Thirdly, the court can decide either to dismiss the petition or to declare null and void the declaration of one Uhuru Kenyatta as the President-Elect. If the court dismisses the, to the chagrin of CORD supporters, the President-Elect would be sworn on the 7th day preceding the day the decision was made. If the court, however, find CORDs petition meritorious then it will be back to the polls within 60 days. But this would not be as straight forward as many seem to assume.

CORD accuses the Independent Electoral and Boundary Commission (IEBC) of bungling this election. In fact some of its top brass have likened to the defunct Electoral Commission of Kenya (ECK). How then can this same body conduct fresh credible elections? Would we be looking to recruit others to conduct the polls?

The voter register has also been faulted as having been tampered with. Could this mean that a fresh registration of voters would have to be conducted? How feasible is it to do it and produce a register within 60 days? These and other issues plague the decision of the court.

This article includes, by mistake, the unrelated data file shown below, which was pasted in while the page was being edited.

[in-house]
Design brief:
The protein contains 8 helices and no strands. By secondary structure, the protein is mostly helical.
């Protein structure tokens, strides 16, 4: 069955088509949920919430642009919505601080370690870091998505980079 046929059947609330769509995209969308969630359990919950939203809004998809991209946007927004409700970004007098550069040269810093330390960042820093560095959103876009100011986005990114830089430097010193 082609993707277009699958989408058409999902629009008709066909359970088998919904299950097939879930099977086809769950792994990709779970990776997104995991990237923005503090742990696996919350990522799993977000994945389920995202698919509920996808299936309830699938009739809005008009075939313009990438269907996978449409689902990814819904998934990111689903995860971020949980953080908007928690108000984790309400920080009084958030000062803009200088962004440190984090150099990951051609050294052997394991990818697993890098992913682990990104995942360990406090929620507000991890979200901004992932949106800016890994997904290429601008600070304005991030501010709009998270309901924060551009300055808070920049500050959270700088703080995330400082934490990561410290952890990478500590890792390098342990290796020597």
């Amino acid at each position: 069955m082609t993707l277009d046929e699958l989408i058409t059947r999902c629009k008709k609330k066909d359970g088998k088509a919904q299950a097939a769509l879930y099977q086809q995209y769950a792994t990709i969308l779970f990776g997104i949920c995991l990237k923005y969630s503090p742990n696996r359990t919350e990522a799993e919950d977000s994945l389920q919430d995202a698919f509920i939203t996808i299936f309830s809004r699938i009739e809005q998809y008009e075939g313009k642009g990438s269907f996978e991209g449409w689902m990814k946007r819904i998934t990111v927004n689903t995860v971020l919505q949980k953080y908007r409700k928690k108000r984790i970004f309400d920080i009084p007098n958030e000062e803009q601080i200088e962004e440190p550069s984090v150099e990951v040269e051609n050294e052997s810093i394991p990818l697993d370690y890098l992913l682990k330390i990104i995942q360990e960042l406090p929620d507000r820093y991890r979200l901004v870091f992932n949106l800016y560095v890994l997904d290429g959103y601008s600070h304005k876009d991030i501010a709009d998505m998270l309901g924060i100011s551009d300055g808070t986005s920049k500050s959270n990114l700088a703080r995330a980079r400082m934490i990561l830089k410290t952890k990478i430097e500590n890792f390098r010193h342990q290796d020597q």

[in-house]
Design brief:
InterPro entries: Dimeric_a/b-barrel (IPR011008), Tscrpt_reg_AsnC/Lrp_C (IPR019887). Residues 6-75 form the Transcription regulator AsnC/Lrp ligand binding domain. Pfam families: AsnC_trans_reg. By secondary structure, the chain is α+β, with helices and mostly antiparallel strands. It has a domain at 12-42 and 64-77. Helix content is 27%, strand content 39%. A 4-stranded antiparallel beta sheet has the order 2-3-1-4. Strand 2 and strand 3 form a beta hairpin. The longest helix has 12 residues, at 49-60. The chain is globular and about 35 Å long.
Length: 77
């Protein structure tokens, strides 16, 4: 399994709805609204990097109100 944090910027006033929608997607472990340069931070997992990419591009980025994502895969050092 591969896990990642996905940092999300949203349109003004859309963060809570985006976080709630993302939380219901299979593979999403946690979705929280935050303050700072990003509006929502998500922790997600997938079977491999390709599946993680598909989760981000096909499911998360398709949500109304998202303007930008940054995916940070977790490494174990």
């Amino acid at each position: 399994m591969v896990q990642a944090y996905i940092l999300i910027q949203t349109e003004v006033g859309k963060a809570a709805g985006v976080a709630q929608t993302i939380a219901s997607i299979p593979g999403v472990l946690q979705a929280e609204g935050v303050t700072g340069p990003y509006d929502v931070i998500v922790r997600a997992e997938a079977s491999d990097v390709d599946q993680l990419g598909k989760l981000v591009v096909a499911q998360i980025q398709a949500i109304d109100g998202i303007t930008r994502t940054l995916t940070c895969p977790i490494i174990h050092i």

Before you roll your eyes and dismiss me as a Jubilee apologist as many have done, I would like you carefully consider the allegations and ramifications of each of the grounds presented before the Supreme Court for determination. If one says that the body conducting elections is defunct and the court agrees, wouldn’t it make legal sense to choose another one? Wouldn’t this recruitment have to pass through Parliament for approval? Would this process take 60 days as contemplated by the Constitution? Think about it.

Finally, there is the matter of what happens in the mean. There already exists a war of words brewing between the Prime Minister who is also CORDs presidential flag bearer and Francis Kimemia who is the Head of Civil Service. The latter is of the opinion that all Ministers and Assistant Ministers elected to various posts should resign their posts with immediate effect. This is because the Constitution 2010 does not allow one to hold to state offices at the same time. For your reading you may look at articles 153(3) and 180(2) as read with 193(2).